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  Woman's Prison, New Orleans, Louisiana, 1965

                     

                    

 

                     

                Leonard Freed

              All I have to Offer

                  
                  1 March - 1 June 2008

                                   
                       Enter


 

 

 

 

 

 “No more pictures,” were the last words spoken by Leonard Freed to his wife, Brigitte, when he passed away at their home in upstate New York in 2006.  Leonard Freed had given us all he had to offer.  But what he left behind was an archive of an estimated million negatives and a wealth of powerful, emotional images that helped us better understand the truth about who we are and our sense of belonging within a community of man.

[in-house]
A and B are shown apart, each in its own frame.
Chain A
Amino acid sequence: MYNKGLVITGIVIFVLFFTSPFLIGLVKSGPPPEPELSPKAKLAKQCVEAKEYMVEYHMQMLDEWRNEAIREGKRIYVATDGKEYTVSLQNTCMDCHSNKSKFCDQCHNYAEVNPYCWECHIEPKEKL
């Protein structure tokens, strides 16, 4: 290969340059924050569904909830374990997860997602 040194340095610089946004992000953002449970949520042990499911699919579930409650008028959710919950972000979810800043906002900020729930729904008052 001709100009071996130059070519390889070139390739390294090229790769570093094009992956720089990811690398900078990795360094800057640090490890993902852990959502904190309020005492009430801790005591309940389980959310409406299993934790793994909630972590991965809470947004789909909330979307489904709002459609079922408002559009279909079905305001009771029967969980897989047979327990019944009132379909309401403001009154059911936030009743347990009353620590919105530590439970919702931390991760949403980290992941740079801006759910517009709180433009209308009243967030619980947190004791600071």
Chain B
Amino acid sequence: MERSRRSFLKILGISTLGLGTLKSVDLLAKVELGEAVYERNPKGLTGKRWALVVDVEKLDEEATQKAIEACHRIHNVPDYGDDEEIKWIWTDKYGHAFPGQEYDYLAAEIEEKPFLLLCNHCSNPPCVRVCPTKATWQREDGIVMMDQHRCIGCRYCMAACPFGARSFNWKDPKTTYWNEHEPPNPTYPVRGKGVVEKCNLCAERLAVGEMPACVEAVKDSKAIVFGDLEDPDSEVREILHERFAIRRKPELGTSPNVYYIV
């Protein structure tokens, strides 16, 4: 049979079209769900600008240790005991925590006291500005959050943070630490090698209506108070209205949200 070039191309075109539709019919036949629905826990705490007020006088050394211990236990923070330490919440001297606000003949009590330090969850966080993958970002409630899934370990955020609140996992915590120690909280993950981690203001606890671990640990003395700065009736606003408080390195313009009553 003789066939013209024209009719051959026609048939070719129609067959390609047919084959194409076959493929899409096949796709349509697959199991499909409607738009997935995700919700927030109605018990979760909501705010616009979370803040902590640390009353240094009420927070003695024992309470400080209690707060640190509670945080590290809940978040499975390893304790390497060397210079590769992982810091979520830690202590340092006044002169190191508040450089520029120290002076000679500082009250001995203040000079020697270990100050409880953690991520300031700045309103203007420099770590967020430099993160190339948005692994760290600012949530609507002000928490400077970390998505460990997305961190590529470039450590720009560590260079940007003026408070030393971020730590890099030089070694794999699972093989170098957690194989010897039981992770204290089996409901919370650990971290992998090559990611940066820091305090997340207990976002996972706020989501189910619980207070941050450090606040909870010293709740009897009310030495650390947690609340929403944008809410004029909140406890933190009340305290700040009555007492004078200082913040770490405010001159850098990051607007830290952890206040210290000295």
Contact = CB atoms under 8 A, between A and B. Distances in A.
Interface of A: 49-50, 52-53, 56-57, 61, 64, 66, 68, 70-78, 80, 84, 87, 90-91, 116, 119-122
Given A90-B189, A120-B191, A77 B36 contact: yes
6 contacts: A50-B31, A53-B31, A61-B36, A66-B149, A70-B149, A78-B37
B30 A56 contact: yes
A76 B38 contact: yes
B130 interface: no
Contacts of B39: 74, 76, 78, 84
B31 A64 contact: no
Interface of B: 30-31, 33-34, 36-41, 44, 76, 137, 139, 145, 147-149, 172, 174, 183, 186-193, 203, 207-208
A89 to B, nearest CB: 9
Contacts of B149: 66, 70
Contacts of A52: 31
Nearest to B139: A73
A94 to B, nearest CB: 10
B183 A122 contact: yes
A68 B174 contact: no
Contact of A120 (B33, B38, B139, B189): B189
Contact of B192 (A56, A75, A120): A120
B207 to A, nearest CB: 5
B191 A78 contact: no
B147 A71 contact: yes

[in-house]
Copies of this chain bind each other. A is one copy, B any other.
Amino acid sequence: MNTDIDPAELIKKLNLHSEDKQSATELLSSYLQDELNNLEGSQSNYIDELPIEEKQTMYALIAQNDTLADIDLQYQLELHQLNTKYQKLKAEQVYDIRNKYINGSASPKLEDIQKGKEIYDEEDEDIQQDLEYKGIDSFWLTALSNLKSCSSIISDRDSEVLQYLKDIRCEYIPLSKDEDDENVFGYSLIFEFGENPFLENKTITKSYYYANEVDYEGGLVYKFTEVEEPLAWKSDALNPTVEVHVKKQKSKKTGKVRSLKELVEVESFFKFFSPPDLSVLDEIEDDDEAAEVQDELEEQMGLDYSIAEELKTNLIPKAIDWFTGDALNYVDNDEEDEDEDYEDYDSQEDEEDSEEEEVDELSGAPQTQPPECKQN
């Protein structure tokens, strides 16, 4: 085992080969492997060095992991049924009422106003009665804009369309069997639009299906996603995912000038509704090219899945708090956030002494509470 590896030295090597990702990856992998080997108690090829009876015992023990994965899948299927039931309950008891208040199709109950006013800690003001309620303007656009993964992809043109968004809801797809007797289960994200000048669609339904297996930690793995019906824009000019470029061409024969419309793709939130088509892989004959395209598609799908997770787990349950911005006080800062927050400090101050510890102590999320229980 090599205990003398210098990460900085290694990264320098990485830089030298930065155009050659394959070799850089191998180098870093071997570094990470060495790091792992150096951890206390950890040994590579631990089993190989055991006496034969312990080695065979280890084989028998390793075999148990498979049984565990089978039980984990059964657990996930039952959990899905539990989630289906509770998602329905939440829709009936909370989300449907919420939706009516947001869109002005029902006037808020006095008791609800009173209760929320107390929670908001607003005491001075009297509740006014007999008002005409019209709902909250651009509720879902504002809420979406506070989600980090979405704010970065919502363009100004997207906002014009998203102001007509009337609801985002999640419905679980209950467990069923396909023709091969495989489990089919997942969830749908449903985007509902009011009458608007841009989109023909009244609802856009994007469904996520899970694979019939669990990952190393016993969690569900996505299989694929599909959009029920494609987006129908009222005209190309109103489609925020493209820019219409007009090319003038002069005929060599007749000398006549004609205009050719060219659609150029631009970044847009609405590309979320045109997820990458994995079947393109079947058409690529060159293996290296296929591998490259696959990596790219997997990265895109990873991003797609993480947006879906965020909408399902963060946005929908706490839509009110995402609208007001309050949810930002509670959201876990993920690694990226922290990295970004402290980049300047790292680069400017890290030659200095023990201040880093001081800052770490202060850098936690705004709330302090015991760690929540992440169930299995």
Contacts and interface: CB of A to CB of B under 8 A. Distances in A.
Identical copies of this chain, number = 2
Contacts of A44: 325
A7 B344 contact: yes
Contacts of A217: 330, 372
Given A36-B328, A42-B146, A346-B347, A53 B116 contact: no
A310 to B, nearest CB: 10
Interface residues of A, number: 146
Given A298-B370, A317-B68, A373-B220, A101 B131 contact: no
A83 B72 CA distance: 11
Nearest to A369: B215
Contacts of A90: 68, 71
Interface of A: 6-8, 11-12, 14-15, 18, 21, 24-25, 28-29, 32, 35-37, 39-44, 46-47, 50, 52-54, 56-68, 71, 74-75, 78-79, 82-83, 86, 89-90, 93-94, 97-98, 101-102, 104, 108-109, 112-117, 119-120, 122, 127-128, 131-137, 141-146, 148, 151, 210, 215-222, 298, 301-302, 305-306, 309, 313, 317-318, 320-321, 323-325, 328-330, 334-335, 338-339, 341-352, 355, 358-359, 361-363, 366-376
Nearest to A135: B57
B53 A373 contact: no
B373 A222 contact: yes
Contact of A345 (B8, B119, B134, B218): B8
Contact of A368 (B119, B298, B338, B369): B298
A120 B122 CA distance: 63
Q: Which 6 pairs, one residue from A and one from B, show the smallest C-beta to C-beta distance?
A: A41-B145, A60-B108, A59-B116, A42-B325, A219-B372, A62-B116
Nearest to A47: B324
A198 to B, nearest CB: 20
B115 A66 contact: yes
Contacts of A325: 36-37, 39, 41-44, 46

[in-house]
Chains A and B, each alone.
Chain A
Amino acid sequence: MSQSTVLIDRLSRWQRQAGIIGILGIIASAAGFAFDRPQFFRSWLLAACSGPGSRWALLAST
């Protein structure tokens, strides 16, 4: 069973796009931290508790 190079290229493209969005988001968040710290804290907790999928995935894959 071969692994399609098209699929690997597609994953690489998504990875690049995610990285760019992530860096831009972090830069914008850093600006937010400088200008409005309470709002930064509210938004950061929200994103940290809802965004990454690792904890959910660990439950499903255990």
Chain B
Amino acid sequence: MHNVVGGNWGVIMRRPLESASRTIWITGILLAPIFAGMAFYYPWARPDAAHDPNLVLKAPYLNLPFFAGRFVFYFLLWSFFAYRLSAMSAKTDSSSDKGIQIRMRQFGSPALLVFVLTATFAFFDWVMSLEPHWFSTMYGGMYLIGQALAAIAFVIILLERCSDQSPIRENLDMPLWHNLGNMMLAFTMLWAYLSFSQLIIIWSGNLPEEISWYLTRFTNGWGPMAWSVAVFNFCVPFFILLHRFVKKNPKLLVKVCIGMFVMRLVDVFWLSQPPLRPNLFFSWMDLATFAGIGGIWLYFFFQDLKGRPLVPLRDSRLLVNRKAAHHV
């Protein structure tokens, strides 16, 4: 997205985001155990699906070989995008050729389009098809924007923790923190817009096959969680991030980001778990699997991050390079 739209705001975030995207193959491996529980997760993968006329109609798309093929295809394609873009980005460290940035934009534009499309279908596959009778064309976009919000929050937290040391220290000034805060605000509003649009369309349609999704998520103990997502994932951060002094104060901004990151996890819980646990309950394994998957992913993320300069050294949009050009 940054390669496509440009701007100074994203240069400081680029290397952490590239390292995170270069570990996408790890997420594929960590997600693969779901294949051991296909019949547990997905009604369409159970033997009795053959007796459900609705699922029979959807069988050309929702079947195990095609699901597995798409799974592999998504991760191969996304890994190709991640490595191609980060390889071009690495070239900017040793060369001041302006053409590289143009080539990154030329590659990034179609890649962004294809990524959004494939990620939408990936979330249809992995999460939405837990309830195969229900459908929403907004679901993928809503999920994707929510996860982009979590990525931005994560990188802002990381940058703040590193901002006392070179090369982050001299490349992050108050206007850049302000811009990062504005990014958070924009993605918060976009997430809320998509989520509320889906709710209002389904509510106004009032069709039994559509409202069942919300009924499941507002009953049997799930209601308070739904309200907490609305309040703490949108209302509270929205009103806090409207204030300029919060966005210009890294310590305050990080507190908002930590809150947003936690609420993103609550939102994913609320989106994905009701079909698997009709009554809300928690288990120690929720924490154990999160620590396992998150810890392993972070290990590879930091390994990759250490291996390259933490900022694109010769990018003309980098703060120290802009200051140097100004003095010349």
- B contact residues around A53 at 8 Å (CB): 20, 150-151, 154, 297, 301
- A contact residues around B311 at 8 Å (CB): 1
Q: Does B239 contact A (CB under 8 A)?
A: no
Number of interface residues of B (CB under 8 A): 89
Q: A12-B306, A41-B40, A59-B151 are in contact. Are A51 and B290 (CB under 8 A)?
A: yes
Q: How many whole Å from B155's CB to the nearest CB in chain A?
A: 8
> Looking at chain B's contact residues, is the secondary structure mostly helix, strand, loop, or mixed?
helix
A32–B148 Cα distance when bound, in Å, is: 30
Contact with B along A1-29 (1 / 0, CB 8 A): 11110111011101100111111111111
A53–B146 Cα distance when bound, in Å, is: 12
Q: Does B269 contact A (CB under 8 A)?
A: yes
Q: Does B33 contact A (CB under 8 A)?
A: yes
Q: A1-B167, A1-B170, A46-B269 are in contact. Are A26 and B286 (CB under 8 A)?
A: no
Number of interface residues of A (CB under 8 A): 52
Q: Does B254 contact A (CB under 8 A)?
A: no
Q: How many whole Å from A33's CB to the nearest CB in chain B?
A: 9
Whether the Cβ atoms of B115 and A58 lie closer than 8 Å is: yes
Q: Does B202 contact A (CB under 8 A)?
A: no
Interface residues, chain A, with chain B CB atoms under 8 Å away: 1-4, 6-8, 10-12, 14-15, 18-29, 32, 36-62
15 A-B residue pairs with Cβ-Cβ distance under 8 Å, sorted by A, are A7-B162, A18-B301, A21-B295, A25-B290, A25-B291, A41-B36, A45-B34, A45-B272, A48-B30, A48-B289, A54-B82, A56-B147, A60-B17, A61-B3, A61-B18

Our show includes numerous unique and never-before-published images from Freed’s 50+ year career, as well as a large collection of contact sheets from his seminal work Black in White America and Police Work.  These contact sheets are not only of historical importance, but represent a unique opportunity for the photographer, collector and historian alike to better understand the man behind the lens as he worked toward the perfect image, or what Cartier-Bresson would define as ‘the decisive moment.’  Freed_contact_wall.html  Also on view are a number of Freed’s well-worn Leica cameras and assorted documentation of his career.

“Ultimately, photography is about who you are,” said Freed.  “It’s the seeking of truth in relation to yourself.  And seeing truth becomes a habit.”  For visitors to our gallery, Freed’s photographs represent memories of shared times -- difficult and troubling, beautiful and sweet -- and beckon us to conceive of what promises to be a future of hope.